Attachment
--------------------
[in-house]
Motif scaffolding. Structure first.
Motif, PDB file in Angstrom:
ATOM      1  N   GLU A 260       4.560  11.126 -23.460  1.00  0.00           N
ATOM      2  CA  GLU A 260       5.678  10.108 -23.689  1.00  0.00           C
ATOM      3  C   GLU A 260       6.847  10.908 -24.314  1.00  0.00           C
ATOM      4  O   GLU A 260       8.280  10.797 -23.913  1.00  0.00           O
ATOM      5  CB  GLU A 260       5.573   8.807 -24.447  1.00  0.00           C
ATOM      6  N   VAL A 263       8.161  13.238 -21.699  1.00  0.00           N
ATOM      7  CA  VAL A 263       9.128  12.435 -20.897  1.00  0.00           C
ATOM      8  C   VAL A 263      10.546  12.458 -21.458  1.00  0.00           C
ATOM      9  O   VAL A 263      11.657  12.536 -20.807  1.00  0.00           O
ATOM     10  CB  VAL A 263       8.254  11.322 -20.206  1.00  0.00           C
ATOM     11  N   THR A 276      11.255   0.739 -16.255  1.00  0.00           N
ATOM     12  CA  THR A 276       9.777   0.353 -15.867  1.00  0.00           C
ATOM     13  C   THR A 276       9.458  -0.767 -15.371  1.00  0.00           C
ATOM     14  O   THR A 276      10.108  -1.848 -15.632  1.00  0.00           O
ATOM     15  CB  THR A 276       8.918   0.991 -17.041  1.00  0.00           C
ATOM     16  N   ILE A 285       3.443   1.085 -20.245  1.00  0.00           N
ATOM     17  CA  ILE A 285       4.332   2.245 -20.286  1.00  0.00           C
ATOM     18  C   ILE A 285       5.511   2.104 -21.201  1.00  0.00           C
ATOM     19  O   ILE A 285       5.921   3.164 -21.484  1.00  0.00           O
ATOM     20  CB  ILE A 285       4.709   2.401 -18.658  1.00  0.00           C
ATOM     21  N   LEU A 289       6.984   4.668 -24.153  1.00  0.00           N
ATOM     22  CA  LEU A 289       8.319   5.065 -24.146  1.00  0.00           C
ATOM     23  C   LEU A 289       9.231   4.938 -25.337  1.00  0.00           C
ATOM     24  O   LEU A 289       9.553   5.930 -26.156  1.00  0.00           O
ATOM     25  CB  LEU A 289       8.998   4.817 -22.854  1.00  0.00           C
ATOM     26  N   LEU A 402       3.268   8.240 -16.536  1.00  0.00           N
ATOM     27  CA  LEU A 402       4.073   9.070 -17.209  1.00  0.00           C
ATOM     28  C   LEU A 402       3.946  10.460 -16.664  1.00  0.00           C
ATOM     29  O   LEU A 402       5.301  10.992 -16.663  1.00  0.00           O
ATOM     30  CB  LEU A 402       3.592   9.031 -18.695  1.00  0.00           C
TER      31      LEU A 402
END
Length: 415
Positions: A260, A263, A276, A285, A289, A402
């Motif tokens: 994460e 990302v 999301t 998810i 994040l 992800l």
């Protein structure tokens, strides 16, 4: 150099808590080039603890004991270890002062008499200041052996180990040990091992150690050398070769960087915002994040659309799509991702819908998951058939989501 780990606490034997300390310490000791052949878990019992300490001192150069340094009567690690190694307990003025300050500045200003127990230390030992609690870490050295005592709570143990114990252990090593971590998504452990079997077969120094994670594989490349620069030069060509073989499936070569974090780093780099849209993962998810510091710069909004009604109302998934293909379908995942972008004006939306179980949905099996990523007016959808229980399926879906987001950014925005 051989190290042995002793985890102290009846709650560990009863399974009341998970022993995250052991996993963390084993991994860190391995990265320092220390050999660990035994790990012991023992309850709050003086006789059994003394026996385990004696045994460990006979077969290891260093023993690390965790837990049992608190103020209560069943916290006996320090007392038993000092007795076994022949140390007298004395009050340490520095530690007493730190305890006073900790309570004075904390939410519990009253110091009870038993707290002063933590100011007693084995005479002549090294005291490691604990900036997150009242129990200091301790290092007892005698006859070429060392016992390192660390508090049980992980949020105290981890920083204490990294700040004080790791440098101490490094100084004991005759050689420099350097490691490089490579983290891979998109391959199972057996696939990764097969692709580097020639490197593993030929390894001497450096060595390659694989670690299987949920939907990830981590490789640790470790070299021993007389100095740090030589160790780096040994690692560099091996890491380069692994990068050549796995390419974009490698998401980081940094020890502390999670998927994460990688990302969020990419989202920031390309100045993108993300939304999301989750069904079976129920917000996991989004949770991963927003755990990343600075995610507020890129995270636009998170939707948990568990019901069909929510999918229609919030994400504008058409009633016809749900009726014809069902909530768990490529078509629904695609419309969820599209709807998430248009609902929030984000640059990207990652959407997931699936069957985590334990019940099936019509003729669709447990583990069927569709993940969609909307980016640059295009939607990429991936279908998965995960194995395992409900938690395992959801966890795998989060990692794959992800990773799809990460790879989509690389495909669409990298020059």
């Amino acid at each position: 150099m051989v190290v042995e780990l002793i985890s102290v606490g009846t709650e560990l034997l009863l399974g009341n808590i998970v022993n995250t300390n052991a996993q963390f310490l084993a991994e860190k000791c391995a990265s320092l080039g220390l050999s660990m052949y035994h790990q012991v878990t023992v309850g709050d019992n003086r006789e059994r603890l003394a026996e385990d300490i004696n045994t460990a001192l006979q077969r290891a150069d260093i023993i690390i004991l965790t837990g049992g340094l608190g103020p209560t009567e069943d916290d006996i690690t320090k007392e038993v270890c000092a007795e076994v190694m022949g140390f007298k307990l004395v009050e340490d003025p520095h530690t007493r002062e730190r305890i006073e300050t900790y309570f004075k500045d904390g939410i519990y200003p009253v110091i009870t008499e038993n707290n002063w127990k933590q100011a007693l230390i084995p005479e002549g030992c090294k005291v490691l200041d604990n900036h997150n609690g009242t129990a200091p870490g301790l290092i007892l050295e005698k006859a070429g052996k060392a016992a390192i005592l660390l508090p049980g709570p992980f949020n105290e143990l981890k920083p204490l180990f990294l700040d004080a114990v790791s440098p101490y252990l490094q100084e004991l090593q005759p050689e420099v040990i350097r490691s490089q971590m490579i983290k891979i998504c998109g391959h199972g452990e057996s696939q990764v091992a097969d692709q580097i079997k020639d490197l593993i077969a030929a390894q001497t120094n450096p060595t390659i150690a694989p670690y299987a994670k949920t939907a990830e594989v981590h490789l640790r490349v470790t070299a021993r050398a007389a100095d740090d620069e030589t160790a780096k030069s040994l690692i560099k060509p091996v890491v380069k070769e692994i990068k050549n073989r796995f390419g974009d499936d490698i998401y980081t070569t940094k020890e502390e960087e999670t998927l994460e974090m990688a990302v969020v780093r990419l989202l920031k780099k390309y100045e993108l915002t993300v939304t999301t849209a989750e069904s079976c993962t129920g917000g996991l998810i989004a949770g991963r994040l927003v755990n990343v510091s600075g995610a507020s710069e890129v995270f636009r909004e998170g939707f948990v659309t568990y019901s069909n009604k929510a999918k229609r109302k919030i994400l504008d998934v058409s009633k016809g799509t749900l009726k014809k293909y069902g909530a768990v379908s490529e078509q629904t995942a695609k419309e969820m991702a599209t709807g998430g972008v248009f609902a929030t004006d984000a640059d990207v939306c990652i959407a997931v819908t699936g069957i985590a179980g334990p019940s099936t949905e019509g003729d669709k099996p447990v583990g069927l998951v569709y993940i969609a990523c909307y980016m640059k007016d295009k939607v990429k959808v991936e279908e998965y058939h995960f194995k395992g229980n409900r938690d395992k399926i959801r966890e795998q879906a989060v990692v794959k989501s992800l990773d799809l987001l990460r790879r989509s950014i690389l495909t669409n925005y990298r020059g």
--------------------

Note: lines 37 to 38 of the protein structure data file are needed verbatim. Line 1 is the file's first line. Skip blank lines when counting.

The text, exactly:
Positions: A260, A263, A276, A285, A289, A402
């Motif tokens: 994460e 990302v 999301t 998810i 994040l 992800l």